County voting changes

After much discussion, the County Commissioners have settled on a proposal that we the voters will get to decide on this fall. They suggest leaving the board at 5 members, with 2 elected at-large (as all five are right now), 2 elected from the Chapel Hill "Township" (which includes Carrboro), and 1 elcted from the rest of the county.

The Board of Commissioners tentatively agreed Thursday on an election map that would require three of the five commissioners to live in newly created districts. Although the board is adding this residential requirement, all county residents will vote on all seats in the primaries and general election.

Voters will decide yea or nay on the plan in a referendum in November...

The proposal leaves two seats at-large and creates a roughly 77,000-resident Chapel Hill-Carrboro district in the southeastern corner of the county, where two commissioners would be required to live. A second roughly 39,000-resident district covers the rest of the county. One commissioner would need to live there, but Chapel Hill voters would vote on this seat just as rural voters would elect commissioners from the southeastern district.
- | Orange County, 2/17/06

Will this help? I've heard a lot of folks suggest that changing to a non-partisan primary would do more to make the Commissioners more representative, or at least diverse. Some (including Commissioner Jacobs) also suggest that it should be increased to 7 seats to include more perspectives.



more details at:
"Under Gordon's plan, in 2008, the map would take effect, and voters would choose an at-large seat and one of Chapel Hill Township's district seats. Carey and Valerie Foushee will be up for re-election then, and they could run for either the district or at-large seat, according to Gordon's proposal. Then in 2010, when the other three seats are up for re-election, the commissioners would run for a District 1, District 2 or at-large seat, based on residency."

It would appear that despite the impetus for the district system having come from Northern Orange, under the plan to be presented at public hearing March 2 if the referendum was approved by the voters in 2007, the seat that requires residency outside of Chapel Hill/Carrboro would not take effect until 2010, while a seat guaranteed for Chapel Hill/Carrboro would appear on the ballot in 2008.
The plan also means that despite there being two two-member districts (at-large and Chapel Hill Township) all seats would be one-on-one races, since for each of the two-seat areas, one seat would appear on one election cycle and the other on the other election cycle. No more vote for two or vote for three.

No more vote for two or vote for three.

Based on my understanding of the work session discussion yesterday, everyone in the county will vote for all candidates in the nominating and general elections. So everyone will continue to vote for two or three candidates in both the primary and general elections.

Residency applies to the candidates, not the voters.

Mark, they are separate seats on the ballot as I understand it, so in 2008 the at-large seat on the ballot will have separate filing and separate ballot placement than the 2008district seat for Chapel Hill Township. So the ballot will have two separate "vote for one" races, rather than a "vote for two" as has been the case for about 50 years.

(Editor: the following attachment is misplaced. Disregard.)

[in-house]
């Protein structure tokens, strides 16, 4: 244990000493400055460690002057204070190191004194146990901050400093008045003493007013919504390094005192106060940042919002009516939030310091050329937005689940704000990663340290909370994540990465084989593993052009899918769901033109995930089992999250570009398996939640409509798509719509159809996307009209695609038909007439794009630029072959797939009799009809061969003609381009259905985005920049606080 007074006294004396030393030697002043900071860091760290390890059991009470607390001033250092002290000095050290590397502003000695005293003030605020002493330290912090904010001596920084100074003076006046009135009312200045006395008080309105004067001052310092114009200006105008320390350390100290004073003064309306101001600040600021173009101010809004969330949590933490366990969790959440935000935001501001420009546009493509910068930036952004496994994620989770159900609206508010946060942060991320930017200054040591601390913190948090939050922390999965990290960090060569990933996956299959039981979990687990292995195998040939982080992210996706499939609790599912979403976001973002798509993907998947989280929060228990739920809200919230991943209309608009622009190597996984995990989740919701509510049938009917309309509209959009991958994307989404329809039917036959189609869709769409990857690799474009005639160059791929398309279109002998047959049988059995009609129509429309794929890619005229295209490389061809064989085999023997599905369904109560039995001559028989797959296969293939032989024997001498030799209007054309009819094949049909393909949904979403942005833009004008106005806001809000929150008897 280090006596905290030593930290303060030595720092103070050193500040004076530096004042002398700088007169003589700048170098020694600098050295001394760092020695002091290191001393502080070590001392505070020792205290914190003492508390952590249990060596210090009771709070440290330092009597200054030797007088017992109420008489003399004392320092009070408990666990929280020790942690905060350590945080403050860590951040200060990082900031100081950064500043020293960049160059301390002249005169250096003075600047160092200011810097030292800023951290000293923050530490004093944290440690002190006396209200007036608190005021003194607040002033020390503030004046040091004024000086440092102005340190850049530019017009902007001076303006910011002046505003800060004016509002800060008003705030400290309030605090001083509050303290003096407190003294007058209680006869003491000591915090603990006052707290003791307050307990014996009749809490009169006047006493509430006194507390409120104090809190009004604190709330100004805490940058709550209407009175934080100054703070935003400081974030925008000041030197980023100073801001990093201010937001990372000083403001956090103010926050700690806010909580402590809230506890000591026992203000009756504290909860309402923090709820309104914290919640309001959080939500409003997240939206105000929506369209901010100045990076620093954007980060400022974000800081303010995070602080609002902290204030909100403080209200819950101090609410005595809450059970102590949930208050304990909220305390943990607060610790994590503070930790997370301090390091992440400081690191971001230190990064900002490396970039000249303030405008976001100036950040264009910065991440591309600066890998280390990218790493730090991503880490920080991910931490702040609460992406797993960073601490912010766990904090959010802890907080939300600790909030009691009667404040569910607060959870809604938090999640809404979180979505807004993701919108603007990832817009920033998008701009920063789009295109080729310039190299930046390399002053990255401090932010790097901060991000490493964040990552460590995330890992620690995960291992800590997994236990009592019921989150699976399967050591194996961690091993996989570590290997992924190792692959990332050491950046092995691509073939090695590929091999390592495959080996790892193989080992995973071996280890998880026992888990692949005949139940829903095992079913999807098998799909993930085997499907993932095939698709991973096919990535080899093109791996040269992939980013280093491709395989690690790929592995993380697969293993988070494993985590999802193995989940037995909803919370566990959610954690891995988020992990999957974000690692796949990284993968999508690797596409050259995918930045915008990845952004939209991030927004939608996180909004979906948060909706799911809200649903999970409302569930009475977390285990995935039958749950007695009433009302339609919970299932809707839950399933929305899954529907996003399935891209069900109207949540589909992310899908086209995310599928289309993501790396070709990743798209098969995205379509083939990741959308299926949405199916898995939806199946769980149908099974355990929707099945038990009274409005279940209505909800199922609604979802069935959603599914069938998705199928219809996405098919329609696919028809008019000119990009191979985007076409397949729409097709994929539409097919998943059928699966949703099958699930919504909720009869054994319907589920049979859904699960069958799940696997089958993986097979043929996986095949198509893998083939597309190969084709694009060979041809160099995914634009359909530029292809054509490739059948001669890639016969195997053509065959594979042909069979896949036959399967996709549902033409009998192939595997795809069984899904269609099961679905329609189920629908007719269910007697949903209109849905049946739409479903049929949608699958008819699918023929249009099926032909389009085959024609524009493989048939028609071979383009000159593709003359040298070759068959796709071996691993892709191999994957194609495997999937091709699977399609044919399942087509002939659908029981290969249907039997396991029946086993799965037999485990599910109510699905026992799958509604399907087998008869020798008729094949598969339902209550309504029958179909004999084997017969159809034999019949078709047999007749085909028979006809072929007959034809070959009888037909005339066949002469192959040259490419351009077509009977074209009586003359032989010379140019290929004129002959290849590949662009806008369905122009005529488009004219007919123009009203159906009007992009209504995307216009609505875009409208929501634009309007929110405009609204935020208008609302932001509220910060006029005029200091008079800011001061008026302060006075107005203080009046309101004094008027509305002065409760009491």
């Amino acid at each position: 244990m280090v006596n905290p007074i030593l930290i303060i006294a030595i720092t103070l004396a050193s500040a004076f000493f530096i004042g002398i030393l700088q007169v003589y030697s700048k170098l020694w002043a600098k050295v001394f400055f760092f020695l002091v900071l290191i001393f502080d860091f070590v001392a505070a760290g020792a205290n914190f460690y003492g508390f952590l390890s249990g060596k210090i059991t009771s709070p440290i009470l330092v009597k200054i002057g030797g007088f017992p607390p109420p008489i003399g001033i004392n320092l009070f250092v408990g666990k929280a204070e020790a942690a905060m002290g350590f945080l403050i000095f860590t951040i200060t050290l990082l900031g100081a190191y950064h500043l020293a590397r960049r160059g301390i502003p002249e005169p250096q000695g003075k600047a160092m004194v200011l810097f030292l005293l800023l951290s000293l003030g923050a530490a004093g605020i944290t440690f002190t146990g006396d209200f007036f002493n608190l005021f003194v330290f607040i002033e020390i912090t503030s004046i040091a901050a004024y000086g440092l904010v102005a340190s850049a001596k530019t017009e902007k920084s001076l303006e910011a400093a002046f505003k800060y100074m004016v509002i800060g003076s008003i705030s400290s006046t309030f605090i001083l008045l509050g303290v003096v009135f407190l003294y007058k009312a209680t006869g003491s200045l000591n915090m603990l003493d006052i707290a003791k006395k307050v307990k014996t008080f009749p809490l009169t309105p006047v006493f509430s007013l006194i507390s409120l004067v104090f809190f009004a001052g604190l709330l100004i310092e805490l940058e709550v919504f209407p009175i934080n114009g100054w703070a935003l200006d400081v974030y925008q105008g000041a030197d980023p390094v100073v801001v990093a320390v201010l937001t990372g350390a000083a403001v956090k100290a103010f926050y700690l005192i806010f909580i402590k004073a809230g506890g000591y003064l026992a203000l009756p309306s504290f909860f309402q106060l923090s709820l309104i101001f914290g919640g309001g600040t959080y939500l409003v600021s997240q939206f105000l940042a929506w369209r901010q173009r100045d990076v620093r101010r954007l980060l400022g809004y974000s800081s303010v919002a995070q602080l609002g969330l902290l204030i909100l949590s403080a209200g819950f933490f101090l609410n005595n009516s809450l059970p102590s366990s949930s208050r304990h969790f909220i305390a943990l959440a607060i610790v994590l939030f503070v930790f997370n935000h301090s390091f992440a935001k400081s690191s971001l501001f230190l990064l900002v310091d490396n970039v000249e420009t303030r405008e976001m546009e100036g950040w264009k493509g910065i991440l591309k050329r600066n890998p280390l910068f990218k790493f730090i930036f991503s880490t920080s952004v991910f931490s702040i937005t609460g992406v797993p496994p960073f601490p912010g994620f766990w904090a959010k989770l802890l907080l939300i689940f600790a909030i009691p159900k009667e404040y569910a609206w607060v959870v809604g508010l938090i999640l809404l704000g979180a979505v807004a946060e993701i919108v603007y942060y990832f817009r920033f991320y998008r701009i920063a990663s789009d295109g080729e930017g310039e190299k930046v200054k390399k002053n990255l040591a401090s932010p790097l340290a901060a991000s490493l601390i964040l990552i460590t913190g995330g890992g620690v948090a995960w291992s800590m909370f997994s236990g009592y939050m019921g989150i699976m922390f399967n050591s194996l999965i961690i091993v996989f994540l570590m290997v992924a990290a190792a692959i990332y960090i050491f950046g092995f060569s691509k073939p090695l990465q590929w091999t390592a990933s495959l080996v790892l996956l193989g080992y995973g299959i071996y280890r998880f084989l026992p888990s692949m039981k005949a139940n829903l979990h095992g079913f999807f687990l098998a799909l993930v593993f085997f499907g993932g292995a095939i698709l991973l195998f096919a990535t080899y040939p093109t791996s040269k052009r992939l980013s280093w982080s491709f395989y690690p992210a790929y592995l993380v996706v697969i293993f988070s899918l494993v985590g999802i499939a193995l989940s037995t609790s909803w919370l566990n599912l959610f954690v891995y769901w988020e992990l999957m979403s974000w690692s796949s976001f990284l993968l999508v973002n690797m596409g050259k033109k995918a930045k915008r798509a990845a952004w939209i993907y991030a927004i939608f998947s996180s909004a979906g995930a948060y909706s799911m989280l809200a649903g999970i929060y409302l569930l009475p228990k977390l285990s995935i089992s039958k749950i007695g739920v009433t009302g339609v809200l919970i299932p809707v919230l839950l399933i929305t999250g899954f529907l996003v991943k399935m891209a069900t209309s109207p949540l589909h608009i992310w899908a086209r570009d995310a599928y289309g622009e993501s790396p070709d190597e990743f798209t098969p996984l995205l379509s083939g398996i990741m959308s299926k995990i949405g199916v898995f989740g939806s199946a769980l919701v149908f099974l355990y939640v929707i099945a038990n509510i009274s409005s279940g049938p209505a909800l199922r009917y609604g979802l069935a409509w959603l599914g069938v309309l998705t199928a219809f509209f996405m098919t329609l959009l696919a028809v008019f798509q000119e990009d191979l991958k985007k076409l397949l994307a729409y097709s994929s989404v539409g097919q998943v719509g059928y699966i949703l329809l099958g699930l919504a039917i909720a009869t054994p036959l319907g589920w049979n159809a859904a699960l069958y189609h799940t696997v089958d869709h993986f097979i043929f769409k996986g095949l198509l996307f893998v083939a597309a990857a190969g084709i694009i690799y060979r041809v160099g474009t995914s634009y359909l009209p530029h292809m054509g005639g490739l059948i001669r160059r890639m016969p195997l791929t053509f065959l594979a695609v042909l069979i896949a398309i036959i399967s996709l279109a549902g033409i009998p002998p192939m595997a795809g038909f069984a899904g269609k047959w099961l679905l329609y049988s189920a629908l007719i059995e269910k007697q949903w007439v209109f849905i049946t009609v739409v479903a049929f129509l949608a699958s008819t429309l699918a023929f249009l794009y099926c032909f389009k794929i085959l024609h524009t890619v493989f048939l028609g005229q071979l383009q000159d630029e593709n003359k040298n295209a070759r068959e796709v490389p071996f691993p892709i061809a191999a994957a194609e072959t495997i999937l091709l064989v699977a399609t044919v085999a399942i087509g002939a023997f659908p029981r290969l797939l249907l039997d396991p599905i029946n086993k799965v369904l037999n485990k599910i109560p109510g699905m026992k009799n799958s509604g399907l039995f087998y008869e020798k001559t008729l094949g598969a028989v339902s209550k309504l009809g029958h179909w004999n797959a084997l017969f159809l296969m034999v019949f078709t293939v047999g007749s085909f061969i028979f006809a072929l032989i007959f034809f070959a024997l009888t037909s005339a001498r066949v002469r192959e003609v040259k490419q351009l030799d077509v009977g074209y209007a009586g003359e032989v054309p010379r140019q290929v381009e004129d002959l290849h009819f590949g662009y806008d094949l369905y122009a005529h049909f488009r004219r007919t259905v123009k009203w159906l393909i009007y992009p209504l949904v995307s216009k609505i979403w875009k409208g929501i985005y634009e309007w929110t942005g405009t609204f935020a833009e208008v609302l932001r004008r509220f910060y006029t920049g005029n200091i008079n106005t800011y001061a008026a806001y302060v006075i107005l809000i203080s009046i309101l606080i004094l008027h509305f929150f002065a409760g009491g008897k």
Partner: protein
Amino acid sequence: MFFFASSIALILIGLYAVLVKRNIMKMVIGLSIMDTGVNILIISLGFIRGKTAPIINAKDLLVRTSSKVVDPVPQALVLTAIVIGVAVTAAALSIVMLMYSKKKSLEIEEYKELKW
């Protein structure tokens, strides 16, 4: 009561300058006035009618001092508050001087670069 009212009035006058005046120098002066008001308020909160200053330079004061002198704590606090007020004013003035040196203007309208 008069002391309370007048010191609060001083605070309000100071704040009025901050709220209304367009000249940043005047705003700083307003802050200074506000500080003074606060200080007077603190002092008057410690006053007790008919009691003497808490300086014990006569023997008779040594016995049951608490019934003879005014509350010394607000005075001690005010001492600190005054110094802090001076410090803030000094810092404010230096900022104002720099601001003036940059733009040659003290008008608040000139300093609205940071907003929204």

You are right about ballot placement. I misread your statement as folks losing the opportunity to vote on all candidates.


Forgetting all the issues of IRV, nonpartisan voting etc, having separate seats on the ballot (rather than vote for two or vote for three) reduces the ability of minorities (be they racial, political, regional, etc) to advance their candidate in a large field by single-shotting. This is especially true in a primary.
It would appear to me that analyzing the description in the Herald-Sun article that the separate seats are a natural consequence of:
1) staying with a five-member board,
2) with the geographical district plan proposed, and
3) not requiring incumbents to run against each other

rather than by some design to eliminate multi-seat races.

Obviously, it is a big undertaking to change the election system and it won't happen again very soon (this push for fair representation has been going on for decades). From that standpoint, this proposal represents the squandering of an opportunity.

It's a tepid, mediocre proposal that still leaves the voters in the Democratic primary choosing the commissioners. It also waters down the potential power of rural voters by having the entire county vote on all the candidates.

Barry's proposal to enlarge the board to seven is a good idea which would allow more diverse viewpoints to the table.

I continue to be struck with how we hamstring ourselves with all kinds of reasons why we can't do the things that we know will actually result in excellent solutions to our dilemmas. Cumulative voting - as recommended by a county committee in 1993 - would be a great solution for many reasons. But we aren't allowed to do that? Who says? Do they have a good reason?

Another triumph for mediocrity, for hot air over substance. At least it preserves the Democratic Party network...

Why isn't Orange County taking advantage of House Bill 1024 that authorizes up to 10 counties to try out IRV? Now it's too late to try IRV for the May primary and by November we'll be stuck with this less-than-creative district representation solution.


this is a cool website about IRV that gives you a live demo.

Terri asks:
"Why isn't Orange County taking advantage of House Bill 1024 that authorizes up to 10 counties to try out IRV? Now it's too late to try IRV for the May primary and by November we'll be stuck with this less-than-creative district representation solution."

Probably because the bill hasn't passed the Senate.

I asked Bill Faison about this bill a few months ago and he told me no such bill existed. And I mean he was SURE of himself.

Does anyone know what's preventing the Senate from passing it? Time/logistics or opposition to the concept of IRV?

"Another triumph for mediocrity"-- Couldn't agree more.